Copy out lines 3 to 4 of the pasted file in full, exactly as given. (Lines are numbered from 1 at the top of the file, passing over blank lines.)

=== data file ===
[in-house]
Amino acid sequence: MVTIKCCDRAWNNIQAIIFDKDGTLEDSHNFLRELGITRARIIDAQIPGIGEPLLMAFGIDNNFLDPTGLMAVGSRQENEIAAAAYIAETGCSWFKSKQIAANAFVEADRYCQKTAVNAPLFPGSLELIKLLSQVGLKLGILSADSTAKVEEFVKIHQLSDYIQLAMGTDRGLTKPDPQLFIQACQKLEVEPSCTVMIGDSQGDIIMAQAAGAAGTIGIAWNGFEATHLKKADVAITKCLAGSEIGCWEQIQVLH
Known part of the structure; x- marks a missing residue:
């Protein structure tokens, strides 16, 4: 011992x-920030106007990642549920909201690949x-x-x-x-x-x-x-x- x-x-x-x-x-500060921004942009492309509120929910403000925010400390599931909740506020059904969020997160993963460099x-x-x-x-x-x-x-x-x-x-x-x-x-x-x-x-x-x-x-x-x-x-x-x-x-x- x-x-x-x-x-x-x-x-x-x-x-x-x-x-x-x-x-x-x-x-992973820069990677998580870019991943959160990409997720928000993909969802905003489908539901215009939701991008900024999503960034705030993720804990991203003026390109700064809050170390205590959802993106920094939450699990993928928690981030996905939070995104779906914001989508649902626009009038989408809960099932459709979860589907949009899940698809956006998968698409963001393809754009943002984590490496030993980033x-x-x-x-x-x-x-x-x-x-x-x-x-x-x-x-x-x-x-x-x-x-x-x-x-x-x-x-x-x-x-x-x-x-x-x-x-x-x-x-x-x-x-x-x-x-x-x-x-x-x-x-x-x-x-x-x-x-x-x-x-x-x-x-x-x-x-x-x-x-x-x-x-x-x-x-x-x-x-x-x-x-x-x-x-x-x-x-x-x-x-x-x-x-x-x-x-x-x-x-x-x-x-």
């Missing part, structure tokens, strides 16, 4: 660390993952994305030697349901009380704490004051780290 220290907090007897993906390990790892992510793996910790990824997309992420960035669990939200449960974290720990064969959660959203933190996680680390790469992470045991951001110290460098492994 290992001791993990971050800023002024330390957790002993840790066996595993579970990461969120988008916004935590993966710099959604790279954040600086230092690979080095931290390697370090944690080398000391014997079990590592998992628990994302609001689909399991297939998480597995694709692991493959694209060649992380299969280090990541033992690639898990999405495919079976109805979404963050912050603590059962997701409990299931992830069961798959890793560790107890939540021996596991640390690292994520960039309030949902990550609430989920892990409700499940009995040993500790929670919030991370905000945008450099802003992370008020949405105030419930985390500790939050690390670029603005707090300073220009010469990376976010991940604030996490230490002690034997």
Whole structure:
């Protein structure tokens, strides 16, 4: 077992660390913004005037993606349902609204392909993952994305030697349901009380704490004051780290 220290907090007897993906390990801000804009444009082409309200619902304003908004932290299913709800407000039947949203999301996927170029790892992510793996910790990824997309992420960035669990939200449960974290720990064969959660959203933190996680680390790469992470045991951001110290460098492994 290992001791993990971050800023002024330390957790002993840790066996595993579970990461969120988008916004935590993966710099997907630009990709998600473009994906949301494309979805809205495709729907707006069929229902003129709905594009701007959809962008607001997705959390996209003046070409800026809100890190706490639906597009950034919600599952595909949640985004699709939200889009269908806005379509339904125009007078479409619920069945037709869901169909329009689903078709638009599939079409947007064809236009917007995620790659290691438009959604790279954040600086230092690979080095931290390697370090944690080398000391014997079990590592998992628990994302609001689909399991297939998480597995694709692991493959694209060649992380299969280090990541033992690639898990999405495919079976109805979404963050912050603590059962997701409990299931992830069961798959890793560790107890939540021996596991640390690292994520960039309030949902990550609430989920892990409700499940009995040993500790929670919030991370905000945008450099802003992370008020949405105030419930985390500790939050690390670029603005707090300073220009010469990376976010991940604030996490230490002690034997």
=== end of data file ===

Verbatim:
Known part of the structure; x- marks a missing residue:
């Protein structure tokens, strides 16, 4: 011992x-920030106007990642549920909201690949x-x-x-x-x-x-x-x- x-x-x-x-x-500060921004942009492309509120929910403000925010400390599931909740506020059904969020997160993963460099x-x-x-x-x-x-x-x-x-x-x-x-x-x-x-x-x-x-x-x-x-x-x-x-x-x- x-x-x-x-x-x-x-x-x-x-x-x-x-x-x-x-x-x-x-x-992973820069990677998580870019991943959160990409997720928000993909969802905003489908539901215009939701991008900024999503960034705030993720804990991203003026390109700064809050170390205590959802993106920094939450699990993928928690981030996905939070995104779906914001989508649902626009009038989408809960099932459709979860589907949009899940698809956006998968698409963001393809754009943002984590490496030993980033x-x-x-x-x-x-x-x-x-x-x-x-x-x-x-x-x-x-x-x-x-x-x-x-x-x-x-x-x-x-x-x-x-x-x-x-x-x-x-x-x-x-x-x-x-x-x-x-x-x-x-x-x-x-x-x-x-x-x-x-x-x-x-x-x-x-x-x-x-x-x-x-x-x-x-x-x-x-x-x-x-x-x-x-x-x-x-x-x-x-x-x-x-x-x-x-x-x-x-x-x-x-x-």